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Tips: Cooking

We all need to eat, especially when we are blazing through calories on the trail.  Some people are daunted by the thought of cooking in the backcountry.

The first thing you need to know is that it will always taste better in the mountains.  Period.  For some weird psychological reason, our brains automatically think that food tastes better after a grueling hike.  Don’t ask me why, it just does.

The second thing is that dirt will get in your food.   Deal with it.  Yes it is unsanitary, yes it can be a little gritty, but if Bear Grylls squeezes elephant shit to get water in the middle of a desert, and doesn’t get sick, I think a little pine needle in your pasta won’t kill you.

Thirdly: upgrade your cooking system every once and a while.  A nonstick pan/pot can go immensely far.  Butter can help somethimes with old nonstick pans, but spending a little extra goes a long way in terms of the convenience.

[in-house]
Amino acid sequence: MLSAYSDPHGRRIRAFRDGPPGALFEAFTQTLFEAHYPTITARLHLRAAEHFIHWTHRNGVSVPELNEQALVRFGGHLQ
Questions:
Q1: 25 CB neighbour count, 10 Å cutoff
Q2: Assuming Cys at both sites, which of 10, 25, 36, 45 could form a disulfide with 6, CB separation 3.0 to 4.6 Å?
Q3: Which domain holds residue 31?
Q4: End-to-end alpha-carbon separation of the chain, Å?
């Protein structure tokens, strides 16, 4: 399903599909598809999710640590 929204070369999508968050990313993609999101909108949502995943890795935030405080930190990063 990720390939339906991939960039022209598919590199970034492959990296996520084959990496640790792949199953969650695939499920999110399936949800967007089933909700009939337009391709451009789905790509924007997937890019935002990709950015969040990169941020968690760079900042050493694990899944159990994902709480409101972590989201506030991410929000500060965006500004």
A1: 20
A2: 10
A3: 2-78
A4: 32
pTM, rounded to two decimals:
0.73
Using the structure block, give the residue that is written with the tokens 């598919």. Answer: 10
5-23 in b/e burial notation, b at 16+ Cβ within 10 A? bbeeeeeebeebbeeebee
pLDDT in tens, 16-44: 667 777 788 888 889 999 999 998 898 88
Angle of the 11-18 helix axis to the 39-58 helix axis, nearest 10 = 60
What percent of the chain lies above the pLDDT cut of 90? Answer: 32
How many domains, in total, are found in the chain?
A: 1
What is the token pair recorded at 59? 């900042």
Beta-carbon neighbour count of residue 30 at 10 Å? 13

Last but not least, get comfortable when cooking.  Chances are, you will probably be there for awhile, so might as well set up with a view.  But do not go looking for Lion King Rock; wind can drastically alter the boiling time of water, even if you have a wind screen.  Make sure that your kitchen is waterproof.  Putting your stove in your vestibule is bad on so many levels, but covering the cooking area with a tarp or Tyvek will keep everything dry.  Also, if you have a foam pad or a Crazy Creek camp chair, prop it up against a log or a trunk of a tree.  Leaning over a stove is rough on the back after 15 minutes.



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